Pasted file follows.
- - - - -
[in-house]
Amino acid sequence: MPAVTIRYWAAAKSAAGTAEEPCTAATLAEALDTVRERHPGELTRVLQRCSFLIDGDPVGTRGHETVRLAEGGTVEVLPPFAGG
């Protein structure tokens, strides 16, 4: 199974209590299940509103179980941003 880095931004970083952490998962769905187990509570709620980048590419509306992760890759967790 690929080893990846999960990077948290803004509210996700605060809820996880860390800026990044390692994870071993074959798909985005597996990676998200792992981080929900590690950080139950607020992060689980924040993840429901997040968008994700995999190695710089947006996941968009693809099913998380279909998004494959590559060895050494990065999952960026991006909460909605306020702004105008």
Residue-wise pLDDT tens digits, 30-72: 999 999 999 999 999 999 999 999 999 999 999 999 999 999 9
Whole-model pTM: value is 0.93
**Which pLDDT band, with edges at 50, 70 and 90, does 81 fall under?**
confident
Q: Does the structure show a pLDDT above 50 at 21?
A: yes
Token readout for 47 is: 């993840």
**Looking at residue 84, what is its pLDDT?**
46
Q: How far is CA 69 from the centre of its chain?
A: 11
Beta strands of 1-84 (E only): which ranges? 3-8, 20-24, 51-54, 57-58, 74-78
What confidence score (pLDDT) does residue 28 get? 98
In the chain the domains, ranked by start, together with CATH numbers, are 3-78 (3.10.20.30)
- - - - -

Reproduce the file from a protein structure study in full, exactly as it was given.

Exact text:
[in-house]
Amino acid sequence: MPAVTIRYWAAAKSAAGTAEEPCTAATLAEALDTVRERHPGELTRVLQRCSFLIDGDPVGTRGHETVRLAEGGTVEVLPPFAGG
């Protein structure tokens, strides 16, 4: 199974209590299940509103179980941003 880095931004970083952490998962769905187990509570709620980048590419509306992760890759967790 690929080893990846999960990077948290803004509210996700605060809820996880860390800026990044390692994870071993074959798909985005597996990676998200792992981080929900590690950080139950607020992060689980924040993840429901997040968008994700995999190695710089947006996941968009693809099913998380279909998004494959590559060895050494990065999952960026991006909460909605306020702004105008």
Residue-wise pLDDT tens digits, 30-72: 999 999 999 999 999 999 999 999 999 999 999 999 999 999 9
Whole-model pTM: value is 0.93
**Which pLDDT band, with edges at 50, 70 and 90, does 81 fall under?**
confident
Q: Does the structure show a pLDDT above 50 at 21?
A: yes
Token readout for 47 is: 């993840």
**Looking at residue 84, what is its pLDDT?**
46
Q: How far is CA 69 from the centre of its chain?
A: 11
Beta strands of 1-84 (E only): which ranges? 3-8, 20-24, 51-54, 57-58, 74-78
What confidence score (pLDDT) does residue 28 get? 98
In the chain the domains, ranked by start, together with CATH numbers, are 3-78 (3.10.20.30)